Despite a $455 million budget surplus in the 1992 fiscal year, New York City faces an economic challenge unparalleled since the 1970s, which will force city officials to make deep spending cuts for much of the decade, a municipal analyst said Friday.
In a speech to finance officials and municipal bond analysts at the Downtown Athletic Club in New York City, analyst Michael Brooks predicted that the city will see large budget gaps at least through 1996.
Mr. Brooks, a senior municipal credit analyst for the investment banking firm Sanford C. Bernstein & Co., attributed the revenue shortfalls to a "severely weakened local economy" that will restrain future economic growth. Before joining the firm, Mr. Brooks was director of the New York state comptroller's Bureau of Fiscal and Economic Analysis.
Given the city's situation, its Aminus bond rating from Standard & Poor's Corp. is too high, Mr. Brooks said. He added that a rating of BBB-plus would be more appropriate.
"When you look at the city's credit fundamentals, when you look at its weak economy and finances, at its high levels of debt and infrastructure decay, and at continued fiscal pressure it will face, we believe S&P's rating of Aminus is too high," Mr. Brooks said.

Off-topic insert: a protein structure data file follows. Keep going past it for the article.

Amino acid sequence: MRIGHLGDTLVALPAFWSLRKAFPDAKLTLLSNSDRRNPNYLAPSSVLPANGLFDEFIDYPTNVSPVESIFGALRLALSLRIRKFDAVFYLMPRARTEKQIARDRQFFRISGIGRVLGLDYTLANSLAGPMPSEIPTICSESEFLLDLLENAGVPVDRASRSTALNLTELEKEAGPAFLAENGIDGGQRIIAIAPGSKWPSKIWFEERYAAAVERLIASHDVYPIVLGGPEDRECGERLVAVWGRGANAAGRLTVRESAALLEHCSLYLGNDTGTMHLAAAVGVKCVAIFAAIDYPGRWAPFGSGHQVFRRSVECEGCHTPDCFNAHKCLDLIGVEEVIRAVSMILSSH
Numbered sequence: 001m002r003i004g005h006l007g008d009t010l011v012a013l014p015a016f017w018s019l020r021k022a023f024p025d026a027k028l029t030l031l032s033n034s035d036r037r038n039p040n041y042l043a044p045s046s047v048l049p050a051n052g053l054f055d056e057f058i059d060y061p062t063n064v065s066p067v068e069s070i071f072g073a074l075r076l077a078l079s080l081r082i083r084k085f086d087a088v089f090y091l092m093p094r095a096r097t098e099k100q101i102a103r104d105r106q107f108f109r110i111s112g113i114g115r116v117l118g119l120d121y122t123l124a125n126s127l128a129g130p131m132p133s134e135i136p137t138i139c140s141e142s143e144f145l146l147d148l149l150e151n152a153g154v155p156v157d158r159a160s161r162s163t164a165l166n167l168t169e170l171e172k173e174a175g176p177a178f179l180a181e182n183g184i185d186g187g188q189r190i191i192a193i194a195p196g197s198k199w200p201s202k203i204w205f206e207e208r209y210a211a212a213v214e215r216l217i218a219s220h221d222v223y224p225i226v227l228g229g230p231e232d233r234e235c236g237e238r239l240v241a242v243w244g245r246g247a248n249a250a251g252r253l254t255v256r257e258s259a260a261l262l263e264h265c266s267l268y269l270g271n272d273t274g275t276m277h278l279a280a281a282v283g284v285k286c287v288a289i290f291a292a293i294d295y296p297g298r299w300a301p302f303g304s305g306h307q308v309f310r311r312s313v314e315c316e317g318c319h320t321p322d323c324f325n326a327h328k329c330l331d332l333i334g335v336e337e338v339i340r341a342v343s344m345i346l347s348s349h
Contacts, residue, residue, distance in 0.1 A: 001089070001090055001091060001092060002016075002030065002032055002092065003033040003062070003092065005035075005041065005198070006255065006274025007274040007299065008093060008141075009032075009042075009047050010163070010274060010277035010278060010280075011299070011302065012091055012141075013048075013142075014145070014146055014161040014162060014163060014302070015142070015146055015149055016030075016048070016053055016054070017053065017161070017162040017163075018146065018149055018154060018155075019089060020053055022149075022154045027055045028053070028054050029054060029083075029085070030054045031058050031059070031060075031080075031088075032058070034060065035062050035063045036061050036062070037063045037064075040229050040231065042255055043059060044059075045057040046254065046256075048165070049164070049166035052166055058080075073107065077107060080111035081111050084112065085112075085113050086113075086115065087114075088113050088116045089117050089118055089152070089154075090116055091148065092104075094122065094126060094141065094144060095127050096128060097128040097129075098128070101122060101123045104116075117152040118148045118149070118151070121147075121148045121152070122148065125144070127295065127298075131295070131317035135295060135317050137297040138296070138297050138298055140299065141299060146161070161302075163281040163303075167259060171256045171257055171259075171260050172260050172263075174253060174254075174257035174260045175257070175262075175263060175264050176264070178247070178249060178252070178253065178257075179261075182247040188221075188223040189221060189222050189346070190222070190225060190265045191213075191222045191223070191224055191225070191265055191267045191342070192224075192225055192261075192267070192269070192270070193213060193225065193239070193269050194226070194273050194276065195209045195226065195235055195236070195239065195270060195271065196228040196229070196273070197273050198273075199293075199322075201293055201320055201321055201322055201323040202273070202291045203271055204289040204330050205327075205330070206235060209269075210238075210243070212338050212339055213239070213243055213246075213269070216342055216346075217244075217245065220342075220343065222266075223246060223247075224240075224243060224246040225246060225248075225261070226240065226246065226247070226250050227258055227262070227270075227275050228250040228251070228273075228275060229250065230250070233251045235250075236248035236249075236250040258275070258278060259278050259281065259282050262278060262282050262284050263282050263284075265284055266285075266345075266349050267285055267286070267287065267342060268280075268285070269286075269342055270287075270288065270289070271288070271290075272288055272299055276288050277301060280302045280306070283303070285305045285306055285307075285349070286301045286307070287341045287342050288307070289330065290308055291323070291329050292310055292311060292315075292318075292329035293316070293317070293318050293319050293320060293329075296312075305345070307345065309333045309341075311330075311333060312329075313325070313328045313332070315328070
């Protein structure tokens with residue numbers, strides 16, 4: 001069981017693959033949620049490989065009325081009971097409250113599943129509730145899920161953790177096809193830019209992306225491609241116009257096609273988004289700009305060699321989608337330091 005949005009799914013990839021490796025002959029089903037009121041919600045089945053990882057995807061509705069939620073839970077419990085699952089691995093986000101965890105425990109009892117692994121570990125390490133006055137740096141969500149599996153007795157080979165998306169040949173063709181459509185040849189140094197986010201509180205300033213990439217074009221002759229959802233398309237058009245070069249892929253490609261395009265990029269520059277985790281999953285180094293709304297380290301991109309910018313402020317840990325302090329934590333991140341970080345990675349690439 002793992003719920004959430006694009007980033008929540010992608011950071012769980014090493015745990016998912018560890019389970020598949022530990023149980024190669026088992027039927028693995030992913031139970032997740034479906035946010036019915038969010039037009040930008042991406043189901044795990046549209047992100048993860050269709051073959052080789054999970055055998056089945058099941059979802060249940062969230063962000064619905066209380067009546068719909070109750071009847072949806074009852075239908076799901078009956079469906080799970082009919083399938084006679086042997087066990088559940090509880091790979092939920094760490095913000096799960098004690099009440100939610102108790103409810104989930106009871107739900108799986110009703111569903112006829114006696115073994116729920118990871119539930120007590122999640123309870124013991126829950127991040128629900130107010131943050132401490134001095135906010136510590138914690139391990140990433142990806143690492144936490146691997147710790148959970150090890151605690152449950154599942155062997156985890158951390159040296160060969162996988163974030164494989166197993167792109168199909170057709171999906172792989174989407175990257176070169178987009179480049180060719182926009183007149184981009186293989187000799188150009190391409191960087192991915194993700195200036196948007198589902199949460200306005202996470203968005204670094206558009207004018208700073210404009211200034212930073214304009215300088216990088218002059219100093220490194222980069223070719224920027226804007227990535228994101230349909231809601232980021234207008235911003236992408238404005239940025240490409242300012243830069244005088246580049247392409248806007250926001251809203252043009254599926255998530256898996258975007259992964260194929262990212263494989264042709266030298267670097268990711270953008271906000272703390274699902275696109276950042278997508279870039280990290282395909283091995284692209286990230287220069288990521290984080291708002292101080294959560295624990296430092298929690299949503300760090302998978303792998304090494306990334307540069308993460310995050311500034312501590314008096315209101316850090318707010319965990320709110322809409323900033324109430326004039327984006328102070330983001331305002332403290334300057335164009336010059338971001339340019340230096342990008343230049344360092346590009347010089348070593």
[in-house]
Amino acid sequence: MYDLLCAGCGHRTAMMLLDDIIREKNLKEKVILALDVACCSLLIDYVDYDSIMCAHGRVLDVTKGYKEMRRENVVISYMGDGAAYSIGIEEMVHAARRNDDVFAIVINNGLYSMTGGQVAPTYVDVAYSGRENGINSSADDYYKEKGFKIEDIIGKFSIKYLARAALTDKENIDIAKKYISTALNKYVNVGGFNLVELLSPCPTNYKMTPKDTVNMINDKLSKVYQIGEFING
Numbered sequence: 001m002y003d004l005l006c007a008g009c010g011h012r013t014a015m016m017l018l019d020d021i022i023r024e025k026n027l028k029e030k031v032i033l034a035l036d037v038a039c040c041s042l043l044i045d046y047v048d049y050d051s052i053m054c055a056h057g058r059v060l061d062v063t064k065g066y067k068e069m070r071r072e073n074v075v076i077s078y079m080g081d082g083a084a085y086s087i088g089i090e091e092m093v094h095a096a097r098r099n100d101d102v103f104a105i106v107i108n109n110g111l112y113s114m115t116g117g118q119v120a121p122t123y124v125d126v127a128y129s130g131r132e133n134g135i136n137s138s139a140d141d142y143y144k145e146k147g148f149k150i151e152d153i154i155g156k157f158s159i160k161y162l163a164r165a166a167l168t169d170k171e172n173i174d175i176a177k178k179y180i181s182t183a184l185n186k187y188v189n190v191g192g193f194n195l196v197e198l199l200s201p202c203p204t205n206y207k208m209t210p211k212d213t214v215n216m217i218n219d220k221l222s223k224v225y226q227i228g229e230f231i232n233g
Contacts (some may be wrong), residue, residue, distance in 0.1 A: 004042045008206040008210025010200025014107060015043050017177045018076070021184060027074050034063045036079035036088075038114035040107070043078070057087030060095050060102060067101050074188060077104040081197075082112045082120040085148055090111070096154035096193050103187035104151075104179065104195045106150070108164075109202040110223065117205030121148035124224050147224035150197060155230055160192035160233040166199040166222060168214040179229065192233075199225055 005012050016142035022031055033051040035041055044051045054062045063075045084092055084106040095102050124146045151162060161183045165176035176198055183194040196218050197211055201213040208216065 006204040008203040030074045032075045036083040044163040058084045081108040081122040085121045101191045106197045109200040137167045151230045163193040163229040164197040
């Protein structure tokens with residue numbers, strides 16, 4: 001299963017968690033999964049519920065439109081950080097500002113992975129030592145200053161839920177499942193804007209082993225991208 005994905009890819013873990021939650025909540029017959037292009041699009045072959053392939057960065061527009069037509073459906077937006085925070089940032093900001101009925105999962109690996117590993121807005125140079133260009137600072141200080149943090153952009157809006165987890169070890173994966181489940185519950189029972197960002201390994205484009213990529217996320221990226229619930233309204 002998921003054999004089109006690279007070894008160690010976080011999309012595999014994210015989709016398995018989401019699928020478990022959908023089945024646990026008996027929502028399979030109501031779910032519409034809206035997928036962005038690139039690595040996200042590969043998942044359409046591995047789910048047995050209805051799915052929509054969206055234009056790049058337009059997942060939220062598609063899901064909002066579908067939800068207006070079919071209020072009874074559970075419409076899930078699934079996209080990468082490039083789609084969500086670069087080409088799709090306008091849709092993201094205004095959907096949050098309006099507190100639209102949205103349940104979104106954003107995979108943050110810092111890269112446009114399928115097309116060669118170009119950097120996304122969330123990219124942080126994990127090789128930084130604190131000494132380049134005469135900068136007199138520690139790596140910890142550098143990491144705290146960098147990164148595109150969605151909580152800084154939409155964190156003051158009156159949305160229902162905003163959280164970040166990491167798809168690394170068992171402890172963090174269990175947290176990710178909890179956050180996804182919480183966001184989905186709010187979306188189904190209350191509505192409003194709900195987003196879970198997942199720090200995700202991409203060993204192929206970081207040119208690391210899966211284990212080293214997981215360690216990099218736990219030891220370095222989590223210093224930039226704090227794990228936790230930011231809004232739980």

Moody's Investors Service rates the city's general obligation bonds Baal. Fitch Investors Service does not rate city GOs.
In many ways, Mr. Brooks's speech mirrors a report that he had prepared in April. The report was published before the adoption of the city's 1993 fiscal-year budget, beginning July 1, and well in advance of Mayor David N. Dinkins's disclosure that the city will end the 1992 fiscal year with a budget surplus of $455 million.
As he did in his April report, Mr. Brooks said Friday that any action by the rating agencies will not force city GOs into the credit status of below-investment grade.
Moody's Investors Service rates speculative-grade bonds Ba or less. The Standard & Poor's junk bond category begins at BB. A junk rating would likely cause the city to pay much higher interest rates on its bonds, and hurt prices in the secondary market.
In his speech, Mr. Brooks said city bonds will continue to be a safe investment, secured in large part by prospects of improved economic growth and the fiscal controls put in place after the financial crisis of the mid-1970s.
"First, as we discussed, there is an economic recovery in sight that will improve tax revenue collections and ease the burden on city finances," Mr. Brooks said.
"Second, we believe that fiscal health is within the city's reach, and [the city] has a credible long-term strategy to control spending."